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White Fence Farm celebrates 65-year anniversary

Laura Hastert keeps famous restaurant one of the most popular places to visit in the state

For 65 years, the White Fence Farm restaurant has been in the family of Laura Hastert.

The original White Fence Farm location is in Romeoville, where it was established in the early 1920s on US Route 66.

Founded by Stuyvesant 'Jack' Peabody, son of Peabody Coal Company founder Francis S. Peabody and himself CEO of Peabody Coal at the time, opened on a 12-acre plot that Jack Peabody owned across U.S. Route 66/Joliet Road from his 450-acre Lemont horse farm where thoroughbred racehorses were bred, boarded and trained.

"This restaurant has meant so much to me and family over the years I can't even describe it," Hastert said. "There's so much history and relevance to our customers, it's truly remarkable what it has become today."

Peabody, who had a theory that people would enjoy a simple menu of superior food when served in an attractive atmosphere, wanted continual expansion throughout the years.

More than 60 years later, 10 dining rooms have been added on top of 500 parking spaces, a lobby area full of games, grandfather clocks and an antique car museum.

The pasture, which is located right next to the restaurant in Romeoville, is also an open area to pet and feed Alpacas, mini goats, pet chickens or cows.

With more than 40,000 customers that came in the first few months of White Fence Farm opening, numbers since then have skyrocketed.

Now, more than 40,000 pounds of chicken in a month gets used, and the restaurant can seat 1,100 people in 12 different dining rooms.

Fast forward to September 29, 1954 when Robert and Doris Hastert officially purchased the farm.

"My grandfather and his wife bought this place in 1954," Hastert said. "My dad also worked here with them, and as you can imagine it's not always very easy to work with family but they always worked well together."

While Robert Hastert's son, Robert Jr. was the farms manager; he also started the carry out location concept.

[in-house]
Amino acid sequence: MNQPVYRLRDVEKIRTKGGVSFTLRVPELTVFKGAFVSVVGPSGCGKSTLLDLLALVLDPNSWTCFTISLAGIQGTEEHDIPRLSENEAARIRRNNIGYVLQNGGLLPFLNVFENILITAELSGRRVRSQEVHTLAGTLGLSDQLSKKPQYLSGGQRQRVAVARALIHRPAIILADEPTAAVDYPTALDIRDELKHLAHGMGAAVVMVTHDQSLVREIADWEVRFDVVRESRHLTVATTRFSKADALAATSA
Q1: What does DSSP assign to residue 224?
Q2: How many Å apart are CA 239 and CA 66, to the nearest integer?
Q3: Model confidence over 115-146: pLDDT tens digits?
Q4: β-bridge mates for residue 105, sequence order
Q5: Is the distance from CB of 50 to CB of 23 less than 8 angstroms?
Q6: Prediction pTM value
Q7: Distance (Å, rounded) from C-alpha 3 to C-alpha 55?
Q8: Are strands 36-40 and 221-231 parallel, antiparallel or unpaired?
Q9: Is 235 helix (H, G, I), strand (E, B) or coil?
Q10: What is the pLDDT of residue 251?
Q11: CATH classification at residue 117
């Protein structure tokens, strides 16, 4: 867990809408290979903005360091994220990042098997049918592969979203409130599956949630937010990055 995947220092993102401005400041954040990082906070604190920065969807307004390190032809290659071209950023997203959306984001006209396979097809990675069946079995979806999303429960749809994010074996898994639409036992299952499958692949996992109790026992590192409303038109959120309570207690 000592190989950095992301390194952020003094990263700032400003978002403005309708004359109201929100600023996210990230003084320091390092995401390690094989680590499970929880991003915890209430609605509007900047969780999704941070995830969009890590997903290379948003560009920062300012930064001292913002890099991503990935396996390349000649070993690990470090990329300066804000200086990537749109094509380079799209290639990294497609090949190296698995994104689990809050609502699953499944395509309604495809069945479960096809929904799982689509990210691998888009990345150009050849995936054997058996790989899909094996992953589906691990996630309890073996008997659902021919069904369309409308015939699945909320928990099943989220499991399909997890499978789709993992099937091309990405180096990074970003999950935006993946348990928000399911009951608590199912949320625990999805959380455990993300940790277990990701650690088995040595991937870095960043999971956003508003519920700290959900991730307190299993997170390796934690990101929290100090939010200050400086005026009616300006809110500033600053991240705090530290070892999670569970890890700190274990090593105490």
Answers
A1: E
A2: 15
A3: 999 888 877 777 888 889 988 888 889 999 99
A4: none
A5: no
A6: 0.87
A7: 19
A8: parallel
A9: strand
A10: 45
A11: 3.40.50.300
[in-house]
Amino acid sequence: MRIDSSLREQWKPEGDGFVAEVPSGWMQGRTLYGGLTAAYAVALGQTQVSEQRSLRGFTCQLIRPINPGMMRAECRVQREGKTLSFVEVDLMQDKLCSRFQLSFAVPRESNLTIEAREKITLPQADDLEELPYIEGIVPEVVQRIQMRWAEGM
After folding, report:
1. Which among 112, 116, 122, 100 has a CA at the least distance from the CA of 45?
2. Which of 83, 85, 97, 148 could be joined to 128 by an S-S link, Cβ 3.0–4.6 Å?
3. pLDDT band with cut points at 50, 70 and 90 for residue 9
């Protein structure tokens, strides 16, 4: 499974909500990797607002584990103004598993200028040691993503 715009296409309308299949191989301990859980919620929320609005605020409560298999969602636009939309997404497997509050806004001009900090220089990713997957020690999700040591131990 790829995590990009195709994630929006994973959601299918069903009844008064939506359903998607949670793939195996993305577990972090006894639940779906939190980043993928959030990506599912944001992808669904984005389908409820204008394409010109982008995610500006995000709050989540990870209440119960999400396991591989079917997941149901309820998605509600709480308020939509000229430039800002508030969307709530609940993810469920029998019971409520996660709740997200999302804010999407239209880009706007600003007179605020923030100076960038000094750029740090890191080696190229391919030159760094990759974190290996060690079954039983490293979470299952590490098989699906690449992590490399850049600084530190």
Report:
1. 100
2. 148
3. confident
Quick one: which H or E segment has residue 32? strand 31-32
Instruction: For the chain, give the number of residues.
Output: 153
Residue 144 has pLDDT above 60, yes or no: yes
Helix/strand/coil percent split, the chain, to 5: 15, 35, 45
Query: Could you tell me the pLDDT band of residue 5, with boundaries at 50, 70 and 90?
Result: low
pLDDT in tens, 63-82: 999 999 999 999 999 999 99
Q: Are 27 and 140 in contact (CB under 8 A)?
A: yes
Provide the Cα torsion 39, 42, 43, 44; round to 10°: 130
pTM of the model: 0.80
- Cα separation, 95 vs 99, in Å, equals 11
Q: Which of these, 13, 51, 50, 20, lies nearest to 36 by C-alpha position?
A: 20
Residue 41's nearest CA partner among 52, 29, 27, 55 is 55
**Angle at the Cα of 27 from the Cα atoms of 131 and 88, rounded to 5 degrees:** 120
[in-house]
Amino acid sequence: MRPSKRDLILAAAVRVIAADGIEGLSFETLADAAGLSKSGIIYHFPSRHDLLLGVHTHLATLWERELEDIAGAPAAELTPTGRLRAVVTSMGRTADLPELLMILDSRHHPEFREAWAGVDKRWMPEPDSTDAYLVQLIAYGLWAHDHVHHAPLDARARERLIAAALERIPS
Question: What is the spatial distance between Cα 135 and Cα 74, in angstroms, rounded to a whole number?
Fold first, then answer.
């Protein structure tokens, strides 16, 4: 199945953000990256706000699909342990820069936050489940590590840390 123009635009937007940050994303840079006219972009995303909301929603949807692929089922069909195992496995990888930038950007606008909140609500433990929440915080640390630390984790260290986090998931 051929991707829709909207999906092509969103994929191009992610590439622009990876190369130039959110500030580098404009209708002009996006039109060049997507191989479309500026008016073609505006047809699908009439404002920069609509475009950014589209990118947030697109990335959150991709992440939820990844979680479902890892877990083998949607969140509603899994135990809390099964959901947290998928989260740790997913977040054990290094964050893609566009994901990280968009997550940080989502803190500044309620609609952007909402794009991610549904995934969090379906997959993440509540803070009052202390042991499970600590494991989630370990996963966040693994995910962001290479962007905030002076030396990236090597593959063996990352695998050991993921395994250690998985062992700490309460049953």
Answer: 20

The family includes Robert Sr.'s nephew J. Dennis Hastert, the former speaker of the House of Representatives under President George W. Bush.

Other current locations that just offer carry out are in Riverside on Harlem and Ogden, in Downers Grove on Fairview and Maple, Romeoville, Joliet and Plainfield.

"All of those other restaurants are great, but we're the only one that you can actually come in and sit down at which makes the Romeoville location pretty cool I think," Hastert said. "We also have carry out here, but we're happy when customers come in and see all of the history White Fence Farm has to offer."

Part of the tradition and why the restaurant has become so popular is because of the food menu Hastert said is simple but delicious.

Known for the chicken, shrimp, fish, coleslaw, fritters and mashed potatoes and gravy, Hastert said that’s not something most people can find any day.

“The prices are cheap, the food is amazing and the atmosphere never gets old especially if it’s someone’s first time,” Hastert said. “I eat here everyday, and for a restaurant like this to have a simple menu my grandfather created, it honestly just shows all the people’s hard work and dedication to making White Fence Farm the place it has become today.”

On an average week, White Fence Farm sells 7,000-8,000 chicken dinners, goes through 80,000 pounds of potatoes each year, has the chickens shipped from Georgia on a daily basis and provides not only food, but entertainment in a show room as well.

Though the 65 years have had ups and downs, being one of a kind restaurant is something that Hastert said keeps her going everyday.

“You wont find this anywhere else,” she said. “Great food, a farm and a museum all wrapped up in one is hard to beat, and it’s all a credit to the great people that have worked in our 65 years.”


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